“However, the front has always been considered relatively free, so we thought: why not turn the rules on their head along with make a car with lots of downforce at the front? Not only does This specific give us greater freedom within the rules, although front downforce will be generated more efficiently, with less drag. Moreover, with the front end doing most of the work, we could trim out the rear wing along with save even more drag, which will be invaluable at Le Mans.”

doing a forward aero balance work effectively requires a significant shift in overall mass towards the front of the vehicle. within the GT-R LM Nismo, the engine will be in front of the driver, the gearbox will be in front of the engine along with the mechanical flywheel energy recovery system (ERS) will be also near the prow.

“We realised of which if we packaged a narrow-vee engine at the front along with pushed the chassis back, we can make the back of the chassis into a nice teardrop shape along with flow the air around rather than outside the whole car. of which gives a drag advantage,” says Bowlby.

Astonishingly, the GT-R LM Nismo has visited a wind tunnel just once, to confirm the data by Bowlby’s computer simulations. Although the prototype looks like no some other GT-R, of which bears enough of a technical link with the road car to make its name more than a marketing stunt.

“the vehicle will be truly a GT-R,” says Bowlby. “of which will be powered by a twin-turbo V6, although the engine will be downsized by 3.8 litres to 3.0, along with the use of direct injection will be the some other main difference. although of which has the same maximum rpm, the same even firing along with the same vee angle.”

The low-end torque along with flat power curve of the engine (“Turbocharged V6 engines are something of a Nismo speciality,” says Bowlby) mean the vehicle needs just several forward gears, reducing wear along with tear on transmission components.

Bowlby says the team has seen outputs as high as 1100bhp by the ERS on the dynamometer, which could in theory provide the vehicle having a staggering 1600bhp by its combined power sources. Note ‘in theory’: the lack of development has prompted the team to run a downgraded type of its hybrid system in This specific year’s race, meaning less than optimum power.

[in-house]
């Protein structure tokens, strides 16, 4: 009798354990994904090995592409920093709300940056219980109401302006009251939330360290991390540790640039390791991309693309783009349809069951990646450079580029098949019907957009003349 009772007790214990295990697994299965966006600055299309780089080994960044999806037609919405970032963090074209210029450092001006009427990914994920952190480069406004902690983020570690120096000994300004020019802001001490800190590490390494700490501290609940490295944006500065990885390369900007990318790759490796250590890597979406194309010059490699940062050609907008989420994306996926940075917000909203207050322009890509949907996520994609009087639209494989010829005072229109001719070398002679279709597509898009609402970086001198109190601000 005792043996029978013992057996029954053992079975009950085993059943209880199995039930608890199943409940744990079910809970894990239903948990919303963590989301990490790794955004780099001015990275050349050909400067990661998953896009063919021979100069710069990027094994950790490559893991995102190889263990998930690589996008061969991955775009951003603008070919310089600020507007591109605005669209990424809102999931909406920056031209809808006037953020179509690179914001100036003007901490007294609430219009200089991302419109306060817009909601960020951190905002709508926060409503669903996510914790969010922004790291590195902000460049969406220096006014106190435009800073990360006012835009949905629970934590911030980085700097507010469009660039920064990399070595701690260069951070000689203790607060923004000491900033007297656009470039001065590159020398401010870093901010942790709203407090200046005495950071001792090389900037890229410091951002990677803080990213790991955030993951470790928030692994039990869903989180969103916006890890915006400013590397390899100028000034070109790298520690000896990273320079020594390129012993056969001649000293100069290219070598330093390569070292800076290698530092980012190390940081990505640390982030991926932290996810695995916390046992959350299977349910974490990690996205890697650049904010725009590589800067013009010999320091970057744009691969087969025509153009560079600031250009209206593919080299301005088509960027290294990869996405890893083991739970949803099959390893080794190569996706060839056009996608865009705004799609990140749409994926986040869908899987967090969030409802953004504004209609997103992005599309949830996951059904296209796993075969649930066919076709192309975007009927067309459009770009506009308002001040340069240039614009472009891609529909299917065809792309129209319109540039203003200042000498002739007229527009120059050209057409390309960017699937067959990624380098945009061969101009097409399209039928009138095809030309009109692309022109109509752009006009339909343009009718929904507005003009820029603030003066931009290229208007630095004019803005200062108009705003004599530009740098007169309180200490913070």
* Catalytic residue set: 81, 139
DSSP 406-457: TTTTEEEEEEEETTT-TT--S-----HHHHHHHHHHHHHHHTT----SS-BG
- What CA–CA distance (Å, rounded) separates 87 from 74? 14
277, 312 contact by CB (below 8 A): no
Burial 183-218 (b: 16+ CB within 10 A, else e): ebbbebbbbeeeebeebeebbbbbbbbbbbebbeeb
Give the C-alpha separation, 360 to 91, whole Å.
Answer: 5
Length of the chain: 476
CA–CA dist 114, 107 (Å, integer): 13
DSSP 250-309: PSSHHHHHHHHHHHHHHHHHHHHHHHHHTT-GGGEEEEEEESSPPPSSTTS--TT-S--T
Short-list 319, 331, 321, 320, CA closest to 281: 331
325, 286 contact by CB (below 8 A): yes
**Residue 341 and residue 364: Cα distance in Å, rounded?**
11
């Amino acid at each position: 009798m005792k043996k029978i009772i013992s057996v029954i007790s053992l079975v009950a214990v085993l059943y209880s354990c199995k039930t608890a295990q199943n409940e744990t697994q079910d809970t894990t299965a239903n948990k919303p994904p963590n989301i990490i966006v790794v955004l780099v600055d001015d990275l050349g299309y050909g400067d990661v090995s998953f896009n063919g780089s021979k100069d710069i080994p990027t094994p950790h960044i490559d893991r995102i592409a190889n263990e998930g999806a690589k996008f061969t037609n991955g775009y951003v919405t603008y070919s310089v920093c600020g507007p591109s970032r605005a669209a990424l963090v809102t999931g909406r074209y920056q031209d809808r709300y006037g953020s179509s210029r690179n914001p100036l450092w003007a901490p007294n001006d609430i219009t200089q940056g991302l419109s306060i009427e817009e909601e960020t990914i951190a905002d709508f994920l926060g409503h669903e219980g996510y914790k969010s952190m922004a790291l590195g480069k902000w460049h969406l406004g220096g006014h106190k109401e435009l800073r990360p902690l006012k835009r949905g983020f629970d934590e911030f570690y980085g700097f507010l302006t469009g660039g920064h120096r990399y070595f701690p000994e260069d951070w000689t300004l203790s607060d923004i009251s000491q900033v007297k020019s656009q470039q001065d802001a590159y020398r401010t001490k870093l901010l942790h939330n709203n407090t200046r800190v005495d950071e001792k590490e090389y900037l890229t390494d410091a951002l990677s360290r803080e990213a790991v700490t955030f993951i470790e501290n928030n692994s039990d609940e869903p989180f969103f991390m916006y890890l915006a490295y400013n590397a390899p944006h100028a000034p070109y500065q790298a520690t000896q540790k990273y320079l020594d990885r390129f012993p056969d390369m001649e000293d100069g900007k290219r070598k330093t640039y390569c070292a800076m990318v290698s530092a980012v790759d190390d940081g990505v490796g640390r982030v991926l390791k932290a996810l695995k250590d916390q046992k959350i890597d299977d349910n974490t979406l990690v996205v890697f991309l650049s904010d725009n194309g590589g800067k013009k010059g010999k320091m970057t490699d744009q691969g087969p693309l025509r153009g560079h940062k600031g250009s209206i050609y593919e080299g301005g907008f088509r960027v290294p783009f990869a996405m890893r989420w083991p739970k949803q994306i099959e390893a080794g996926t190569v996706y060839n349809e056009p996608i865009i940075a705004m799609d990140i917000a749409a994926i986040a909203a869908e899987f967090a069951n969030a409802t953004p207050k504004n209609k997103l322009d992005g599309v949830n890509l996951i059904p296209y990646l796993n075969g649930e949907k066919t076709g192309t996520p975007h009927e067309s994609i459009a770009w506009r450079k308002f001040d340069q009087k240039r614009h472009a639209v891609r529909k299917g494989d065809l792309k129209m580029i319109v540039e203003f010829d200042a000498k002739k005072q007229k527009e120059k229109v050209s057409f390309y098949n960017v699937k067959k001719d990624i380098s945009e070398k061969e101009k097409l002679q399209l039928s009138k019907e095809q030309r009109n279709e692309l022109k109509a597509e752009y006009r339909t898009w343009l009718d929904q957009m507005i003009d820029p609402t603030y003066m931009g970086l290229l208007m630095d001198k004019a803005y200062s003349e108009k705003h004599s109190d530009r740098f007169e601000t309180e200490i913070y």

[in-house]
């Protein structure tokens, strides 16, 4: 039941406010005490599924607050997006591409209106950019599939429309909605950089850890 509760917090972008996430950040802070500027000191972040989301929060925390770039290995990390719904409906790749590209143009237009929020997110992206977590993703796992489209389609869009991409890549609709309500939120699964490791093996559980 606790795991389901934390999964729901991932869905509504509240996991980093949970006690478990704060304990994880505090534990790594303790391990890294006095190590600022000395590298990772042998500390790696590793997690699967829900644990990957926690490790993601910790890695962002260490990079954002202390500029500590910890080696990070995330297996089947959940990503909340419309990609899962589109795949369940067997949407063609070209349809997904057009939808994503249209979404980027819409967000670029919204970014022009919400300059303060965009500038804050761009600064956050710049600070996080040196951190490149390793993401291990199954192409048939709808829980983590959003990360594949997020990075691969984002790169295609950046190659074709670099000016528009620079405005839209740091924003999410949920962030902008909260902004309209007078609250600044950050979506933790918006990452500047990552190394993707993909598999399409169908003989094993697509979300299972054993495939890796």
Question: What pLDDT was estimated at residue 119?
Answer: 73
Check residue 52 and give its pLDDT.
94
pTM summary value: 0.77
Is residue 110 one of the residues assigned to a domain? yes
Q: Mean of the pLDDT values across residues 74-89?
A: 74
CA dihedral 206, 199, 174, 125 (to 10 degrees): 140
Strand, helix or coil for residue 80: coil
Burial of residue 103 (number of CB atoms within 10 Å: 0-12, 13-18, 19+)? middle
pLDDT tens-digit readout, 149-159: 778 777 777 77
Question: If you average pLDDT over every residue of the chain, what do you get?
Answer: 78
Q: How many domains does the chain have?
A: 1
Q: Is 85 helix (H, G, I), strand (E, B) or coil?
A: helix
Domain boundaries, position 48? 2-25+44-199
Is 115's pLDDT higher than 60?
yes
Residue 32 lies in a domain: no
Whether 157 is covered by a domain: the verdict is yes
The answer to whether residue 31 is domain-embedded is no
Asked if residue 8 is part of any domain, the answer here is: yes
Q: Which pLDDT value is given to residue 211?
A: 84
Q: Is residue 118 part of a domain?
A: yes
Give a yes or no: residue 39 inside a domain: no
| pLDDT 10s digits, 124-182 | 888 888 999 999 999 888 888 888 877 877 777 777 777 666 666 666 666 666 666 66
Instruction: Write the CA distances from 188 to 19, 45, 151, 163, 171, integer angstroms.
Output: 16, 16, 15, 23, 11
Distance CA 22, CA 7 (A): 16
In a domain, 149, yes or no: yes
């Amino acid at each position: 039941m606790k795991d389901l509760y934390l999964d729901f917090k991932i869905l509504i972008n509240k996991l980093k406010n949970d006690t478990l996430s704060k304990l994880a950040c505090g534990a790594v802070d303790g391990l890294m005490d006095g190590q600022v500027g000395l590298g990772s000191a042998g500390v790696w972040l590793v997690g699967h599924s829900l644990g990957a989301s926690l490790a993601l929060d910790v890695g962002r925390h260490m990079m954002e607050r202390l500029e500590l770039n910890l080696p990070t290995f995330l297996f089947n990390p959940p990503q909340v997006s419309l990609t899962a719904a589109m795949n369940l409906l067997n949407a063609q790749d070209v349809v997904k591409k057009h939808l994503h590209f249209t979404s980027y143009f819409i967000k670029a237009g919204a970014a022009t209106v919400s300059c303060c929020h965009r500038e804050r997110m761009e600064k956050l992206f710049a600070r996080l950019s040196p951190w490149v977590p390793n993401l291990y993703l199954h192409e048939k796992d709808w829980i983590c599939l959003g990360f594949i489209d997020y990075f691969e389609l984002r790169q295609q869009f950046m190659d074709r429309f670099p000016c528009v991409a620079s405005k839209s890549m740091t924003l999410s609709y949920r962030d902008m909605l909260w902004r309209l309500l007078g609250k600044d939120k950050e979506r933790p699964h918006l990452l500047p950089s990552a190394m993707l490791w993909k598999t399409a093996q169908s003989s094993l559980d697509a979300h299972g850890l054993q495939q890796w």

Still, the lap times by the test day don’t truly give an accurate indication of race pace. Nissan didn’t ask Michelin to make a qualifying tyre, because of which will use every track session to develop the GT-R LM Nismo.

Cox says a promising result might be “hanging on to the coat tails” of the some other hybrid prototypes, although inclement weather could play to the strengths of the Nissan, which will be inherently stable along with super-fast in a straight line.

On the subject of shaking things up, Nissan’s publicity assault across all forms of media will be not without its challenges. Bowlby says: “I was asked whether This specific open-doors approach distracts us by the engineering activity, although we’re over of which. Of course, we face lots of challenges, although if we had done a copy of an Audi by scratch, we also might have faced thousands of smaller problems.”

Cox emphasises of which the project will be not a publicity gimmick, along with pushing forward the on-track performance will always take precedence. He believes some other manufacturers will follow. “Unless we give more access, the sport will be in terminal decline,” he says. “When the barriers are up, people are getting less along with less interested.”

of which’s unlikely a crew by one of the three GT-R LM Nismos will climb onto the podium on Sunday afternoon, although of which’s worth remembering of which Audi, Porsche along with Toyota all experienced growing pains when they embarked on their Le Mans projects. In of which respect, at least, Nissan will be like its rivals.